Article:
Clashes between Azerbaijan and Armenia that killed at least ten soldiers this month risk escalating into all out war in a region where BP Plc and its partners have invested $35 billion in energy projects, an international research group said.
“There is a weak control of the cease-fire line by Azerbaijan and Armenia and almost no international monitoring,” Sabine Freizer, director of the Europe Program of the International Crisis Group, or ICG, said by phone from Istanbul today. “Large-scale hostilities can break out accidentally, as a result of tit-for-tat responses by the sides.”
Azerbaijan and Armenia fought over Nagorno-Karabakh, a mostly ethnic-Armenian region that broke free of Baku’s control after the disintegration of the former Soviet Union in 1991. As as many as 30,000 people died in the war, which left Nagorno-Karabakh and seven adjacent Azeri districts under Armenian control. Large-scale hostilities ended with a Russia-brokered cease-fire agreement in 1994, though the two sides have yet to sign a peace agreement.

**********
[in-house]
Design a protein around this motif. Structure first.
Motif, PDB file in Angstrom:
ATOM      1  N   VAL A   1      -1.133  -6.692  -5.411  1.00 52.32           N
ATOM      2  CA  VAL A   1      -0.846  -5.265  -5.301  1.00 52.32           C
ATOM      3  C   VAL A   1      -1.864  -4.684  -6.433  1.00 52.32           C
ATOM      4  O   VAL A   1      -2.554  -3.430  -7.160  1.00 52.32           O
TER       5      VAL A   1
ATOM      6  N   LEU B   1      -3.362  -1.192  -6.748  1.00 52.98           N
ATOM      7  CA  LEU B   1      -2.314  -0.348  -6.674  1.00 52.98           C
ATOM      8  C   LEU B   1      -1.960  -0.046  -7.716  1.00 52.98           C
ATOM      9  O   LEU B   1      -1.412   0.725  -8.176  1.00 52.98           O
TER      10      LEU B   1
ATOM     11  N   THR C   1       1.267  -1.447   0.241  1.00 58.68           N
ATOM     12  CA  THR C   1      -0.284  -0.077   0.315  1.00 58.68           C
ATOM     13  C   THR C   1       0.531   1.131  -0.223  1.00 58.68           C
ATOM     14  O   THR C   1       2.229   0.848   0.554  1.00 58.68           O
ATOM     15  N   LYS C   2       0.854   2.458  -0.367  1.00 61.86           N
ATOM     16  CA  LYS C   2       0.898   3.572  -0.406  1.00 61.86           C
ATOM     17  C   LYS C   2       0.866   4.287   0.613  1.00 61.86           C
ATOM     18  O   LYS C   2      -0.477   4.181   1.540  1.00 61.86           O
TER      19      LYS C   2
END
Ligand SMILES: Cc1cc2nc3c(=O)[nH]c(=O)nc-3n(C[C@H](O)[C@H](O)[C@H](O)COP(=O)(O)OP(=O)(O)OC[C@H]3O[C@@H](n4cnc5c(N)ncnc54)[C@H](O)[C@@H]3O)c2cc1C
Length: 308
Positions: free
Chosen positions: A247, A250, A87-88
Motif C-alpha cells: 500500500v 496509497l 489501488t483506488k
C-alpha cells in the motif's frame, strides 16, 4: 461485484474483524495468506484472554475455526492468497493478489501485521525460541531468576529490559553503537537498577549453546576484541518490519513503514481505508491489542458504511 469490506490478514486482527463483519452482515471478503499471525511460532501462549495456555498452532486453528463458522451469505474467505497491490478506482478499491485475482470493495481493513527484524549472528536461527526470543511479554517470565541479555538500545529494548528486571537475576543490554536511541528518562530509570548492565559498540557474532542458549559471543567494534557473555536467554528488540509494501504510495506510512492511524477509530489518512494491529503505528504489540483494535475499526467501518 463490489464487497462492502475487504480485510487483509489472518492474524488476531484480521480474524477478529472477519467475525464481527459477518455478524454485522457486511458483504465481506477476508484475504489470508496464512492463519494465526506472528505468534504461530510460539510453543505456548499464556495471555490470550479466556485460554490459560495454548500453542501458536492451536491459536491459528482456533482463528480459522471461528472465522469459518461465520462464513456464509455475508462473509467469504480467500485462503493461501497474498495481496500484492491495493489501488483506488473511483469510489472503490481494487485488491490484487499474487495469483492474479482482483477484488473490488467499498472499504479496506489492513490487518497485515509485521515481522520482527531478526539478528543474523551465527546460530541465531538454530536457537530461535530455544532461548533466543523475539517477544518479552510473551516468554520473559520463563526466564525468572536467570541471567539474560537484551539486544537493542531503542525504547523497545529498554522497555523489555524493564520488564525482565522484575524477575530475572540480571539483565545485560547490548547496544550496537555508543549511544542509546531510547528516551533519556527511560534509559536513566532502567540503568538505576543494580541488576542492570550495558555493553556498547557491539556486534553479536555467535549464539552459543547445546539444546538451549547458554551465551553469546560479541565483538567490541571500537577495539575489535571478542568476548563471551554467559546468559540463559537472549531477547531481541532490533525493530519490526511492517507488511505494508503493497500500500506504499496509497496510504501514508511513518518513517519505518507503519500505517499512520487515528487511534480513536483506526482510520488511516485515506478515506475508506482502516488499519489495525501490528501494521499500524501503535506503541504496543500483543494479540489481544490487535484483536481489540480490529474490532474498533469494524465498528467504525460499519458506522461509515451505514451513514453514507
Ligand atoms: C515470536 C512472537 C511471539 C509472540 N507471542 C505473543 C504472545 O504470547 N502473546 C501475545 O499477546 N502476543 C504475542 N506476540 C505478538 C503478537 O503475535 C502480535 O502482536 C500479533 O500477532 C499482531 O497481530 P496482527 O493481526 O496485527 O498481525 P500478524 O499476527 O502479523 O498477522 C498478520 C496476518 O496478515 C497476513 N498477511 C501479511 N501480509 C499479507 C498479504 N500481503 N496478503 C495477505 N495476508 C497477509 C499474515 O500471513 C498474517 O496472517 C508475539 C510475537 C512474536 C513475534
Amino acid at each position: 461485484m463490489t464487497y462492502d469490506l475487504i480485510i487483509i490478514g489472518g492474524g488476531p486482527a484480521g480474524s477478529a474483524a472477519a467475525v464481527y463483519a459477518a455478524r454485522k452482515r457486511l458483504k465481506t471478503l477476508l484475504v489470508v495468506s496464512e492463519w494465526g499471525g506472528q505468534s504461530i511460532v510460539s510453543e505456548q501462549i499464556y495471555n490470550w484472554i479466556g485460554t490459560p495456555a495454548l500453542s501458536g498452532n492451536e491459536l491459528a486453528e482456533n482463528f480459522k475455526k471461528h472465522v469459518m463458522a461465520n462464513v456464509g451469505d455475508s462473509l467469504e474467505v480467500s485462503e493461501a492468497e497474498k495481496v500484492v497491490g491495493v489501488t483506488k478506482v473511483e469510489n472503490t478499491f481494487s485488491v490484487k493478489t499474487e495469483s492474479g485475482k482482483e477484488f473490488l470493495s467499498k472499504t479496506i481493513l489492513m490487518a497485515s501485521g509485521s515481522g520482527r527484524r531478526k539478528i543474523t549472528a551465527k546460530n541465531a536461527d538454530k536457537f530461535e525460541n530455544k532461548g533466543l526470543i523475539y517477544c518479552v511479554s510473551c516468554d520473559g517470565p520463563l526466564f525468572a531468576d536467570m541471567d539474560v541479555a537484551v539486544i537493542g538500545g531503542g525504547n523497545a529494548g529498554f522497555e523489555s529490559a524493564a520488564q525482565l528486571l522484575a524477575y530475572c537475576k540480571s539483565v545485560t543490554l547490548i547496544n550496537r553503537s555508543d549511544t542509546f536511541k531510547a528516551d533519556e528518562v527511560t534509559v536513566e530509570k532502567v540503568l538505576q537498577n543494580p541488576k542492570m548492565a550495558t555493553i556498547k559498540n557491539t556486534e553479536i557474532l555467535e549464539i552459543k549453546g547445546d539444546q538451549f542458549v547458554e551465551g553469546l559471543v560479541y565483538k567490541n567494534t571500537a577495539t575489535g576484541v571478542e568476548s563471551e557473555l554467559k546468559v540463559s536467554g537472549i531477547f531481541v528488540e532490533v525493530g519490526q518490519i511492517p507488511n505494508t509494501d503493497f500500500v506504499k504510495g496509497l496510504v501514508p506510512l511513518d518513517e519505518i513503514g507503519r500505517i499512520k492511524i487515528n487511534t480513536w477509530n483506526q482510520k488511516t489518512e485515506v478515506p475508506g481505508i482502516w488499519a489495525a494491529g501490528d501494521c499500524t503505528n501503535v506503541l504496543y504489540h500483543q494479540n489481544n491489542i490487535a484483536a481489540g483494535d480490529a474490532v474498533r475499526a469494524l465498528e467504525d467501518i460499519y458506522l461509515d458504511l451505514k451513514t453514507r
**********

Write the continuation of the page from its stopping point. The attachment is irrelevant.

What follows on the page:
Azerbaijan, the third largest oil producer in the former Soviet Union, has invested heavily on its army since the cease fire, weaponry purchase from Israel. President Ilham Aliyev has repeatedly said Azerbaijan reserves the right to use military force to regain control of its internationally-recognized territory should peace talks mediated by the U.S., France and Russia fail.
Neither Azerbaijan nor Armenia plan an all-out military offensive in the short term, Freizer said.
“If large-scale hostilities resume, it will be a protracted war as neither side has a huge advantage over the other,” Freizer said. “It is also unclear how Russia and Turkey will respond. They may be drawn in due to security guarantees they have provided.”
Russia has a military base in Armenia’s Gyumri region and is obliged to help Armenia militarily as both are members of the Collective Security Treaty Organization. Azerbaijan has close ethnic, political and economic ties to Turkey.
U.S. Secretary of State Hillary Clinton, who visited the region earlier this month, also warned of an escalation with “disastrous and unpredictable consequences”.
She added that prospects for a negotiated solution to the conflict look dim as both countries are holding elections next year.
“Now it will be hard to compromise as both have elections next year,” she said. “So far they cannot even agree on basic confidence-building and security measures.”